The problem with Shooting for Socrates is that the football is really a backdrop for writing a feel good story about the Troubles in Northern Ireland. And while sport as metaphor is the motivation for many soccer movies, in this case, the film doesn’t find its chemistry and feels like oil and water. Categorized as both drama and comedy, the film feels like neither.Continue reading “It’s better to pass than to try ‘Shooting for Socrates’ (2014)”
Nefta Football Club stands out as being the second*** soccer movie to win an Oscar nomination (that I know of). Nominated in the 2020 Best Live Action Short Film category, Writer-Director Yves Piat has created a visually stunning and engaging short that leads to a whimsical but virtual punch line.Continue reading “‘Nefta Football Club’ (2018) soccer movie nominated for an Oscar”
What would life be like if there were no such thing as football or soccer? The amusing but dark short Beinball shows us what happens to a middle-aged office worker whose only joy is the beautiful game.Continue reading “Suffer life without football in ‘Beinball’ (2014)”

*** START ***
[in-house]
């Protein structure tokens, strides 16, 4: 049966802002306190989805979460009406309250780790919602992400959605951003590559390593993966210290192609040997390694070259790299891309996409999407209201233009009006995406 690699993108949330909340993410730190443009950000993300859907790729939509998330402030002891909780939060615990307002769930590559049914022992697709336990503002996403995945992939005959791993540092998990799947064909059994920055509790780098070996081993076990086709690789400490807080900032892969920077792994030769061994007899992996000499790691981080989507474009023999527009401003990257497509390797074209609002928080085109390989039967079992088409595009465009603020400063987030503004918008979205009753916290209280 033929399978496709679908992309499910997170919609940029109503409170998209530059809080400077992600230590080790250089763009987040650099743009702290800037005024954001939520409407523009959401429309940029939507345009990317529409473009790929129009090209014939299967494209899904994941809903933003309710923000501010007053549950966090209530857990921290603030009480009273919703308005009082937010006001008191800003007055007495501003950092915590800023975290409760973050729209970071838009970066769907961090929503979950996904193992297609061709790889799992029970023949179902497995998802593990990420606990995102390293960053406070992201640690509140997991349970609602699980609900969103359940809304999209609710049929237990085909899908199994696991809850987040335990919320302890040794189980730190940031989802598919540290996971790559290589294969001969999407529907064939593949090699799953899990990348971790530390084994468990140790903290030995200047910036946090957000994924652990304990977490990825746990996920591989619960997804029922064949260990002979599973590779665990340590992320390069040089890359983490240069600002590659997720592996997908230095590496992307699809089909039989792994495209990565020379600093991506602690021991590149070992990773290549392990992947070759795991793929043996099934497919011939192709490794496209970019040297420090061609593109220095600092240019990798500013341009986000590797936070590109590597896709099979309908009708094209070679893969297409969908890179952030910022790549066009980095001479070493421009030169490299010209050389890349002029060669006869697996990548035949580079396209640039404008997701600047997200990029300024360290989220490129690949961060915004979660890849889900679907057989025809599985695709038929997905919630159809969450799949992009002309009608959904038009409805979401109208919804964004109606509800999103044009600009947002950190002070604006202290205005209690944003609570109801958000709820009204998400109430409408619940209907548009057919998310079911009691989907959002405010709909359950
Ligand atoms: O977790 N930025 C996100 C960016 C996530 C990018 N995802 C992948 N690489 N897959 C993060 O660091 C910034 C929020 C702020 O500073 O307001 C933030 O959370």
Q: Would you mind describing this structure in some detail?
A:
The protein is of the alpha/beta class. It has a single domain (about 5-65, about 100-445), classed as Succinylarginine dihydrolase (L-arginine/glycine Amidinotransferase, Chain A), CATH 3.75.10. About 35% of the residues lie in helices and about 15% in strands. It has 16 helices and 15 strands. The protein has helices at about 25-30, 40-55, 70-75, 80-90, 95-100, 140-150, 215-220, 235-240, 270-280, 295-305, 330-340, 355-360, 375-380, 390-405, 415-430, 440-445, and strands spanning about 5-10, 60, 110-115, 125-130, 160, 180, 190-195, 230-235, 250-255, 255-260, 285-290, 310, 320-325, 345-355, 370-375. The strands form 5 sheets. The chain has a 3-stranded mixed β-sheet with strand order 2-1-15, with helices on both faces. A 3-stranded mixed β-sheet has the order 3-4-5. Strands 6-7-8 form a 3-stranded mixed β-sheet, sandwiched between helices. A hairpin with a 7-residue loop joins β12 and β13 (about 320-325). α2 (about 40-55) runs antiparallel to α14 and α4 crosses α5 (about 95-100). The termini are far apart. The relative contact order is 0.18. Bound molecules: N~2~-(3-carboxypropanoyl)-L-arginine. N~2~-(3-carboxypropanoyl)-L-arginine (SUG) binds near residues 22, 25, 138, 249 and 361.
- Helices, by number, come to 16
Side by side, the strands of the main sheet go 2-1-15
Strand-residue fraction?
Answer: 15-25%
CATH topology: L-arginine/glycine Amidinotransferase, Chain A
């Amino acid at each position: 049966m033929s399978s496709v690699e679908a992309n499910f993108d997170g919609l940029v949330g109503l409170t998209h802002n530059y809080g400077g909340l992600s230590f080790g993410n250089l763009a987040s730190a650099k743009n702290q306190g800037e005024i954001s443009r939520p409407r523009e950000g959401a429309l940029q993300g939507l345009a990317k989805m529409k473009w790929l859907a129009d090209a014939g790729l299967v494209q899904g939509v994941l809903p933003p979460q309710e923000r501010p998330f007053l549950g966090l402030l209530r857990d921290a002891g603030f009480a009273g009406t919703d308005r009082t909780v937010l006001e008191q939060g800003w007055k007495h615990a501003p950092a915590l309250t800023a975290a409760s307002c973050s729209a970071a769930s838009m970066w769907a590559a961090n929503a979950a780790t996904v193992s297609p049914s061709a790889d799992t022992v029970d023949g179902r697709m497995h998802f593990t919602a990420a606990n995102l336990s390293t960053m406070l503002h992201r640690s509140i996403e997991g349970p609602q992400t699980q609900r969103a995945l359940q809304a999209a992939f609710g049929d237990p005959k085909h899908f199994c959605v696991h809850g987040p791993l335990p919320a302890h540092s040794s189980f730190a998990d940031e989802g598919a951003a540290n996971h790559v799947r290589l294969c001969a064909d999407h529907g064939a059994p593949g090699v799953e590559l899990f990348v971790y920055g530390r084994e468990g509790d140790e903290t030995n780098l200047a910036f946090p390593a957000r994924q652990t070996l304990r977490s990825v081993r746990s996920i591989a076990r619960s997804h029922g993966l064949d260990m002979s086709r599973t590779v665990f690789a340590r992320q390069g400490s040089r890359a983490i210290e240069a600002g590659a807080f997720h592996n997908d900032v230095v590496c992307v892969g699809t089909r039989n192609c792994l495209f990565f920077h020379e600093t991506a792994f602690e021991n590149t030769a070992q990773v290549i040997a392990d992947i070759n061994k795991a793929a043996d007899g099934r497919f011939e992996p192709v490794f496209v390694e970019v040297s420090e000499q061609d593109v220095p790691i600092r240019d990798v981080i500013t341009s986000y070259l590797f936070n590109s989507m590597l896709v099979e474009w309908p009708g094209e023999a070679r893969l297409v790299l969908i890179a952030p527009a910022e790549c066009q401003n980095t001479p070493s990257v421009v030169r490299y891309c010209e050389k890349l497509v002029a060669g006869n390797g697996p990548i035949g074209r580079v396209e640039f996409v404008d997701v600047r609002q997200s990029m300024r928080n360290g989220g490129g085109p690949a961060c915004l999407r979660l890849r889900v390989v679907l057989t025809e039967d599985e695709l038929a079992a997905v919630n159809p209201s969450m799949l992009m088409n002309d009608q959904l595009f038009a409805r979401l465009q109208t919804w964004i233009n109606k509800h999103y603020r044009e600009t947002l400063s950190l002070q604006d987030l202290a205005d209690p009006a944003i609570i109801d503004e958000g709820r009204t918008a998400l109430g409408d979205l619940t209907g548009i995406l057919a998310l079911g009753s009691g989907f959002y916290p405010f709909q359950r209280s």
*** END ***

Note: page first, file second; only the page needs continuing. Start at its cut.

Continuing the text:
A light-hearted pleasant comedy Britt-Marie was Here (Britt-Marie var här) is the tale of a 63 year old homemaker who has dedicated her life to being dutiful — cleaning, tidying, and completing to do lists that keep her house ultra organized. To her, baking soda solves all problems. The one problem it can’t solve is when she comes face-to-face with her stricken husband’s mistress at the side of his hospital bed.Continue reading “Like baking soda, ‘Britt-Marie was Here’ (2019) solves problems”